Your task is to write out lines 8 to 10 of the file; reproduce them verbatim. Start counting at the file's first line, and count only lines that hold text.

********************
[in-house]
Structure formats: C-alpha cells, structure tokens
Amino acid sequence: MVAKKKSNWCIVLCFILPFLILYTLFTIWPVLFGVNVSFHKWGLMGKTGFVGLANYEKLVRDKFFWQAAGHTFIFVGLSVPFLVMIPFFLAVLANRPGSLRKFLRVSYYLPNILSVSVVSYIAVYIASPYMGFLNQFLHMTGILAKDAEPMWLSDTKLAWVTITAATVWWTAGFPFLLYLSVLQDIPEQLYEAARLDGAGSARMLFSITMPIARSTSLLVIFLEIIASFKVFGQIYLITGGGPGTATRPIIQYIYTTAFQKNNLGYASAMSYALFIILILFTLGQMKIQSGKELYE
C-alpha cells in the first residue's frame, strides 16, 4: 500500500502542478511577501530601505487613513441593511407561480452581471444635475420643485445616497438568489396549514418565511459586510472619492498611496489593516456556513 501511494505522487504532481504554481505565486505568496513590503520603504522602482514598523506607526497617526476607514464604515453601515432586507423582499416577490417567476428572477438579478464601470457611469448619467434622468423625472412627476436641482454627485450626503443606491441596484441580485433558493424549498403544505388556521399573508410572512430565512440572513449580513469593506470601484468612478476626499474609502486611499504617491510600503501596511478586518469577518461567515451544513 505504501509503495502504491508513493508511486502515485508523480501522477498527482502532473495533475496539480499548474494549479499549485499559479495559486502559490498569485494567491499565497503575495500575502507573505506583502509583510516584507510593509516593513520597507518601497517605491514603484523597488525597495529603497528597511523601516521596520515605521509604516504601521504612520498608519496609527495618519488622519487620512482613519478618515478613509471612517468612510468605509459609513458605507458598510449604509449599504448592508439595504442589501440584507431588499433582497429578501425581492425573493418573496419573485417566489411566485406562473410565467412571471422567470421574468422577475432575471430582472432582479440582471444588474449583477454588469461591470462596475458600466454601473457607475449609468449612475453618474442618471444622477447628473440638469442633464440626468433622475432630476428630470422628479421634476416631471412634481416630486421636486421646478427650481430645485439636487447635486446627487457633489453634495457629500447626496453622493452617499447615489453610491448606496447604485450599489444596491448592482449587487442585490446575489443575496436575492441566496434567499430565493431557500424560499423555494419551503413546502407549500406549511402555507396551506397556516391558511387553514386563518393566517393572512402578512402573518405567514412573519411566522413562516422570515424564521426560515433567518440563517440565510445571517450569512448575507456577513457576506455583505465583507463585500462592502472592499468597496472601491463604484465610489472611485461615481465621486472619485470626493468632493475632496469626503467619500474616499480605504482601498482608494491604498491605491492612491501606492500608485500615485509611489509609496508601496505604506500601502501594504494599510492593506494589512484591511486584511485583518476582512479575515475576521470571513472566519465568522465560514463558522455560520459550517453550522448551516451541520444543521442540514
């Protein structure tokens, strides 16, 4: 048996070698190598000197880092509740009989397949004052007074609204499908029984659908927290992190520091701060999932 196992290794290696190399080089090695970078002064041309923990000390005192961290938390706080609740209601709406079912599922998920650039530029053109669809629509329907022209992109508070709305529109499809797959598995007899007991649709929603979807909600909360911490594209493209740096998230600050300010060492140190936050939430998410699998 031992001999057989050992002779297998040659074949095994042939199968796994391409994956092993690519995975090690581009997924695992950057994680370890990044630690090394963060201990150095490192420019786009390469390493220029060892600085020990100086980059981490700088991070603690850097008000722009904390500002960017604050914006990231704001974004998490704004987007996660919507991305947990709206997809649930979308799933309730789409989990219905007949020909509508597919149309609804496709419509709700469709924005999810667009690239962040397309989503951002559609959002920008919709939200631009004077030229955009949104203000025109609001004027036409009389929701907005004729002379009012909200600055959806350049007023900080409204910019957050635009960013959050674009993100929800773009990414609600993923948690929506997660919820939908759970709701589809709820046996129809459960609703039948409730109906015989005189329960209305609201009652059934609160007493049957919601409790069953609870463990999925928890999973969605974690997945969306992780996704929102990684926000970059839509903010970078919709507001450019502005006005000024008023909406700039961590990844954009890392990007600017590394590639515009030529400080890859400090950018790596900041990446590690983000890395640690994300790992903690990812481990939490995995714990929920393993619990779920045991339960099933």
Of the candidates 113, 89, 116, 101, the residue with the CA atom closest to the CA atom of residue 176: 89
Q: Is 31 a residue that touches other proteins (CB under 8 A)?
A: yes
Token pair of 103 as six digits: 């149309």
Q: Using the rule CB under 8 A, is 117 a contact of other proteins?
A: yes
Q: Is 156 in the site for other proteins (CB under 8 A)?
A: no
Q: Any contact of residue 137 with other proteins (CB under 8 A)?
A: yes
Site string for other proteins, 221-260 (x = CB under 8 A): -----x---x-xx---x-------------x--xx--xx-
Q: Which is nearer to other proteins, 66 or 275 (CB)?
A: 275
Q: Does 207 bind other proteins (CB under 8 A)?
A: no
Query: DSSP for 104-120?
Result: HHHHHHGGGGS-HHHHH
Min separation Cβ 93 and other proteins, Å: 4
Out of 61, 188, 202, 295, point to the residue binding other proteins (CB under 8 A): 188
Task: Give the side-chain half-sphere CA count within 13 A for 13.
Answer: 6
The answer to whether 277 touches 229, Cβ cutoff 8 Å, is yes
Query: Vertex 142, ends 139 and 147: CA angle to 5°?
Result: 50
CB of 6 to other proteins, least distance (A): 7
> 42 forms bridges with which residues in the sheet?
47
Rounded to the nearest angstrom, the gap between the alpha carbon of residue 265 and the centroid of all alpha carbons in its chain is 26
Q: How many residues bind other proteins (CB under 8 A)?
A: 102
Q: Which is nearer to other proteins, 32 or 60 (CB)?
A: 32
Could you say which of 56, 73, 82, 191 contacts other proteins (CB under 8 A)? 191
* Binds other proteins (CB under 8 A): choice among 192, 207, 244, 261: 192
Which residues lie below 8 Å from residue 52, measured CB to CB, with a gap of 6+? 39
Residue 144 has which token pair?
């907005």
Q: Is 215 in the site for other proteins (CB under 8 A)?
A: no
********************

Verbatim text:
A: yes
Token pair of 103 as six digits: 């149309």
Q: Using the rule CB under 8 A, is 117 a contact of other proteins?